Feeling a little confused about all the options?
We’ve provided you a mini glossary so that you fully understand what you’re ordering before you buy!
With lamination a film is applied to the surface of the printed product giving a layer of protection whilst also improving the sturdiness of the product. It also leaves products with a smooth and luxurious feel. Lamination will also protect the printed sheet and avoid cracking when creasing and folding the final product.
• Matt Lamination: A matt film is applied to the surface of your printed product. This leaves a subtle yet elegant matt finish.
• Gloss Lamination: A gloss film is applied to the surface of your product. The high gloss gives a shiny finish. Images coated with gloss lamination appear to have a higher contrast and better sharpness.
Varnishes are applied to the paper stock sealing the printed material and resulting in a smooth finish. Varnishes are typically applied to magazine covers and brochures as they increase the sturdiness of pages without adding too much weight to the paper stock.
• Spot UV Varnishing: Spot UV works exactly the same way as UV varnishing except only specific ‘spots’ or part of the page get varnished. Think of a book cover where the author or title of the book is glossy and the rest of the page is matt. This is Spot UV varnish. The effect draws attention to a certain part of the print.
Foil Stamping / Gold Foiling:
A malleable metallic material, such as gold foil, is stamped onto the print surface using heat and pressure. This gives your finished product a more luxurious look. Like Spot UV it is generally used to draw attention to a particular part of a print such as the logo on a business card.
Embossing / Debossing:
• Embossing: is where part of the print is raised to give emphasis and texture to the overall finish. Raising the physical depth of the page produces shadows and highlights in the design. A further added bonus is that it adds a tactile element to your print as the embossed sections can literally be felt. Again embossing is generally used to draw attention to a particular part of a design, often in conjunction with other techniques.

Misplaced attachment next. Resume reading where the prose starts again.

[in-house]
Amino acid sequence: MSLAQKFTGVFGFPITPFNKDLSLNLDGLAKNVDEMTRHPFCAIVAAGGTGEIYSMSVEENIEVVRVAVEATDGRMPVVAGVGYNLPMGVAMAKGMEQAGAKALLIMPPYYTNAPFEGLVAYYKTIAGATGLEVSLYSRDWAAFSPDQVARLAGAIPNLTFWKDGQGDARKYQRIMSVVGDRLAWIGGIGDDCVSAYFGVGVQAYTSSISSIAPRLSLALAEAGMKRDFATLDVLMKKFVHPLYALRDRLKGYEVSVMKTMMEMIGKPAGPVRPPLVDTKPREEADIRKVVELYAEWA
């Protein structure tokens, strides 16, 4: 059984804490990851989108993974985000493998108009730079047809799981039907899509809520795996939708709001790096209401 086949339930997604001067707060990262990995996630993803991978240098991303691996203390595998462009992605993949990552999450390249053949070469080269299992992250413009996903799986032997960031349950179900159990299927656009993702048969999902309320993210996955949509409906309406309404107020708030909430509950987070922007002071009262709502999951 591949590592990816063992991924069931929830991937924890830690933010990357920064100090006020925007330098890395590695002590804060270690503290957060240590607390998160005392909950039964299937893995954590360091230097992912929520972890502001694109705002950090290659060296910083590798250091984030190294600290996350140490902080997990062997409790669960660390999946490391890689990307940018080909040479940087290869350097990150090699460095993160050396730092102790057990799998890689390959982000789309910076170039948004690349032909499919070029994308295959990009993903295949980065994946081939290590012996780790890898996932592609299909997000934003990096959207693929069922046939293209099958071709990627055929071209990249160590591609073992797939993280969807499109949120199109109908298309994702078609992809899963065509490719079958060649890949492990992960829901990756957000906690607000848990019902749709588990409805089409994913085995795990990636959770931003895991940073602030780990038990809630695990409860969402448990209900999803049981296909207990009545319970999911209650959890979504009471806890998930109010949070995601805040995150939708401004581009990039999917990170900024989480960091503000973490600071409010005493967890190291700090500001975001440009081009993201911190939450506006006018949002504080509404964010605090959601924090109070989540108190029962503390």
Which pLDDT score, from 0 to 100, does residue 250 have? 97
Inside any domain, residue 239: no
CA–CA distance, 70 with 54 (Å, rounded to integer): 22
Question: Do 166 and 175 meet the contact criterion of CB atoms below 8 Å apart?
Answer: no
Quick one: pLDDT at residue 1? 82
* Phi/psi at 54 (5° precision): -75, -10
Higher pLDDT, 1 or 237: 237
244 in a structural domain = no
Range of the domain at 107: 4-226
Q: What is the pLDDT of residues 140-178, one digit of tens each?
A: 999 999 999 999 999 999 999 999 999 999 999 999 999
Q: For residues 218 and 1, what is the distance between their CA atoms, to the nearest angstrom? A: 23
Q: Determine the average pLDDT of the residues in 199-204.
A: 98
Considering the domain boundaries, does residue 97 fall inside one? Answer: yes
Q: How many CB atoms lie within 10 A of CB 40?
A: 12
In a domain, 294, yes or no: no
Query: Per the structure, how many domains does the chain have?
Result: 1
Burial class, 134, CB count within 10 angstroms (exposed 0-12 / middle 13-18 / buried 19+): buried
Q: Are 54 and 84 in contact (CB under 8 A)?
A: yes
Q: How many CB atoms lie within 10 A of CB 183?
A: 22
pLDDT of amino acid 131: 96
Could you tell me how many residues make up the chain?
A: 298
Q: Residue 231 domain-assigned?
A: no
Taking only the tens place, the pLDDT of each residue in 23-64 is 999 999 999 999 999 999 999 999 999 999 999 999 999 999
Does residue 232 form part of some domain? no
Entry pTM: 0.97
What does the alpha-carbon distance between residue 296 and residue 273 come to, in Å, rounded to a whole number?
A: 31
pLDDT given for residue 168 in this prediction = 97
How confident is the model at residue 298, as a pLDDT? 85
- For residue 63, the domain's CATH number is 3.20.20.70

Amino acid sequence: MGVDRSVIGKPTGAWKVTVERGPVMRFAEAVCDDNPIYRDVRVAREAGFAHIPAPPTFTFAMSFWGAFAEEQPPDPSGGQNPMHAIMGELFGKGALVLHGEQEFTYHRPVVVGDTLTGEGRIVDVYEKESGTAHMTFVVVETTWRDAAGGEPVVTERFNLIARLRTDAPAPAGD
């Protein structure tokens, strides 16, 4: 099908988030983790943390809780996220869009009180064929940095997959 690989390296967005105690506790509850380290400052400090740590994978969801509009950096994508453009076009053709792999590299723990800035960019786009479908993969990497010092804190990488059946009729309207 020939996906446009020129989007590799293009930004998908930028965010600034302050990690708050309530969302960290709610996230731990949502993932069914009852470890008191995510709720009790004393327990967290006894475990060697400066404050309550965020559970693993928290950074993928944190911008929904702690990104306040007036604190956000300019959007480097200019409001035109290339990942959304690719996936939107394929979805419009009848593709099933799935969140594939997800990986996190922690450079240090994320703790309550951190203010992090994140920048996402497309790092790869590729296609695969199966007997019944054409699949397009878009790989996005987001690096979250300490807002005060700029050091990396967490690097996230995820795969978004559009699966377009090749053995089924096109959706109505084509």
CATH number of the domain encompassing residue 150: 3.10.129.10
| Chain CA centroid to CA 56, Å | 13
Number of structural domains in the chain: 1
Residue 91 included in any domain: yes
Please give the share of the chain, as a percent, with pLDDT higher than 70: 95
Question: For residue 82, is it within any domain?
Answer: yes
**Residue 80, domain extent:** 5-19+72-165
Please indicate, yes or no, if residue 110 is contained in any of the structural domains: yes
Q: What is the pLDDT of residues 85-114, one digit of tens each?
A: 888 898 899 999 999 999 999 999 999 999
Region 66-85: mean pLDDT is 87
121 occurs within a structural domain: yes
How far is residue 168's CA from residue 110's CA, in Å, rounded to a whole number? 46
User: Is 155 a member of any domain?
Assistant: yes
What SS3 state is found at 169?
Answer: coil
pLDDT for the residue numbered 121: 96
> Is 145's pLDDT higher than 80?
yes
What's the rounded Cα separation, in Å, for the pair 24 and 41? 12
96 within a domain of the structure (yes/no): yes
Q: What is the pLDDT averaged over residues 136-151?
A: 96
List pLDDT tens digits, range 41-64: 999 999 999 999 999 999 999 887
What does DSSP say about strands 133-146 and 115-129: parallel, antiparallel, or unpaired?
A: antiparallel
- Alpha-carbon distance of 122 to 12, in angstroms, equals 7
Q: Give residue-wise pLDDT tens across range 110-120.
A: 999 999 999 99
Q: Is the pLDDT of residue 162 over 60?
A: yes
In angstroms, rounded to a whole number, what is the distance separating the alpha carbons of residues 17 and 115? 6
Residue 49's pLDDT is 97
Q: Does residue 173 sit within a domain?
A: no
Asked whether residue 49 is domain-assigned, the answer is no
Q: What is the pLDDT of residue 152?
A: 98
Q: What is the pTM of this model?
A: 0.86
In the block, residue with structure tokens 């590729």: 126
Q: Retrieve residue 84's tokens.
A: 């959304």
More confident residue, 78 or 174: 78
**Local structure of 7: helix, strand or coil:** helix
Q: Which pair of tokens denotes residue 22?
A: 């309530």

• Debossing: is the literal opposite to embossing. Instead of being raised the logo or design element is pressed directly into the page, for a similarly tactile and attention grabbing effect.
• Saddle Stitching: Is probably the most common and economical binding method. Similar to stapling, wire is punched through the outside spine of the document and then bent flat on the centre fold, gripping the pages together.
With Wiro bound books a spiral of wire is looped through punched holes and then crimped at the end to stop unthreading. This allows the book to lay flat when opened and allows the pages to be folded back on themselves. The wire is available in variety of colours so you can coordinate it with your cover colour.
PUR Binding / Perfect Binding:
Sections of folded pages have their spines trimmed off and ‘roughed up’ so that they bond more easily with glue. All the sections are then brought together and glued to a wrap-around cover. The cover is then scored on the back and front, so that the book or brochure opens more easily with less stress put on the spine.
Die-cutting: die cutters work in much the same way as a biscuit cutter; they are used to make multiple, identical shapes. A sharpened blade called a die is used to cut the print material. The print material is placed under the die and the die is lowered cutting the material into shape. The same process is used for creasing, except with blunt blades which crease rather than cut through the material. A cutter is created for each product so if you want a bespoke shape this is the option for you!